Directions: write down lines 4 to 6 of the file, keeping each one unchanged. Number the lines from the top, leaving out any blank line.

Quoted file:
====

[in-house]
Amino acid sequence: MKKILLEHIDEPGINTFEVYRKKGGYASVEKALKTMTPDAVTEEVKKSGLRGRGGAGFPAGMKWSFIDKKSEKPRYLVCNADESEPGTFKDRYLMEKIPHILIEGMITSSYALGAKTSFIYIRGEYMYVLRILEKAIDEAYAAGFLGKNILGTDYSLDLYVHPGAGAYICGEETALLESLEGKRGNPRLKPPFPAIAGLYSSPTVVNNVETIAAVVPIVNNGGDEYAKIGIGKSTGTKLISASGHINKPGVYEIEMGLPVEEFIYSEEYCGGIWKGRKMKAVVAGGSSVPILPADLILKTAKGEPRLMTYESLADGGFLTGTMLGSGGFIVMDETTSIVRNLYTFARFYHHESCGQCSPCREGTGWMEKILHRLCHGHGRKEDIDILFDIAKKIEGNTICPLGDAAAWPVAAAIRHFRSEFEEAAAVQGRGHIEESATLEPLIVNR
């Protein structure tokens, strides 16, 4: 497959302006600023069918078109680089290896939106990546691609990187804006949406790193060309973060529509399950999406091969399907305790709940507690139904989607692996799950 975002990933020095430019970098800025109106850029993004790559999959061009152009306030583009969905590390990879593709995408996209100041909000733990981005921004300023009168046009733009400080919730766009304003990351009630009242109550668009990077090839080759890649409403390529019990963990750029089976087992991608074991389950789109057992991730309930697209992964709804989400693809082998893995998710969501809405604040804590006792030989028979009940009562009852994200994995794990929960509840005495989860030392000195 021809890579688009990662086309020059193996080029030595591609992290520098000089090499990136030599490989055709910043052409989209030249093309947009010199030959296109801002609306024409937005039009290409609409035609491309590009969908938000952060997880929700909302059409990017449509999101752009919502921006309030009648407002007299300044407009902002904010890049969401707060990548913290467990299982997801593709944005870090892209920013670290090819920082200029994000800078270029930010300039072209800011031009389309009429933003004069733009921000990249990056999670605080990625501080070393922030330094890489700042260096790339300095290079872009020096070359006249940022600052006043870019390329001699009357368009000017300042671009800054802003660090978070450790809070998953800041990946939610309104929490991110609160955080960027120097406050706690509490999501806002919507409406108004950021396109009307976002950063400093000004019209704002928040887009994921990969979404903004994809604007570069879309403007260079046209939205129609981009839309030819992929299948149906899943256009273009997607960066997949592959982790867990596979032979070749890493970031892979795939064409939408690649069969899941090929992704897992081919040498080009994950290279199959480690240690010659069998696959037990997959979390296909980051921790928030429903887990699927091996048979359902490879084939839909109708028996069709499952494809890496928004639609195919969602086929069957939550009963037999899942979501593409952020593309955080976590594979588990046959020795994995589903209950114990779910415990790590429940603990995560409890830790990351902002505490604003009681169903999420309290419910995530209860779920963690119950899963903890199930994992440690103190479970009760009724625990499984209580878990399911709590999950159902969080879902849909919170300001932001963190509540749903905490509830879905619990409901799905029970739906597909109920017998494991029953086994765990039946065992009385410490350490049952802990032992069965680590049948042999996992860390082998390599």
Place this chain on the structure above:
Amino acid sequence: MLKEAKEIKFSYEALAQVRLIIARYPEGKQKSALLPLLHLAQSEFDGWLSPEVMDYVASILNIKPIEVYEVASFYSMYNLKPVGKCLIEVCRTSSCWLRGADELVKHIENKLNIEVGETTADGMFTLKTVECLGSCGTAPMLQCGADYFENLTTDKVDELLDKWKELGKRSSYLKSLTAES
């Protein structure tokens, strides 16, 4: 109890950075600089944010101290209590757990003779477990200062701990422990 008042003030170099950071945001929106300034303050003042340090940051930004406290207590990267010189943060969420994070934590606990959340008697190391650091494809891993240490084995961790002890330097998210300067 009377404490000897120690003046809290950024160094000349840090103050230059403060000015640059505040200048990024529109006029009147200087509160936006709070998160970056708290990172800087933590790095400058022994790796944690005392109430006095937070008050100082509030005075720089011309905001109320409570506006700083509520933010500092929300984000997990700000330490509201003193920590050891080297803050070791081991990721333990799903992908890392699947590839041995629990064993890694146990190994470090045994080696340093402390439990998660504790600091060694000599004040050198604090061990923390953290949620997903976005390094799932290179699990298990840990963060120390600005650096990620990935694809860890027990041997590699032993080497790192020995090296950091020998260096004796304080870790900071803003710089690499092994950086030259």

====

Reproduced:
Place this chain on the structure above:
Amino acid sequence: MLKEAKEIKFSYEALAQVRLIIARYPEGKQKSALLPLLHLAQSEFDGWLSPEVMDYVASILNIKPIEVYEVASFYSMYNLKPVGKCLIEVCRTSSCWLRGADELVKHIENKLNIEVGETTADGMFTLKTVECLGSCGTAPMLQCGADYFENLTTDKVDELLDKWKELGKRSSYLKSLTAES
């Protein structure tokens, strides 16, 4: 109890950075600089944010101290209590757990003779477990200062701990422990 008042003030170099950071945001929106300034303050003042340090940051930004406290207590990267010189943060969420994070934590606990959340008697190391650091494809891993240490084995961790002890330097998210300067 009377404490000897120690003046809290950024160094000349840090103050230059403060000015640059505040200048990024529109006029009147200087509160936006709070998160970056708290990172800087933590790095400058022994790796944690005392109430006095937070008050100082509030005075720089011309905001109320409570506006700083509520933010500092929300984000997990700000330490509201003193920590050891080297803050070791081991990721333990799903992908890392699947590839041995629990064993890694146990190994470090045994080696340093402390439990998660504790600091060694000599004040050198604090061990923390953290949620997903976005390094799932290179699990298990840990963060120390600005650096990620990935694809860890027990041997590699032993080497790192020995090296950091020998260096004796304080870790900071803003710089690499092994950086030259």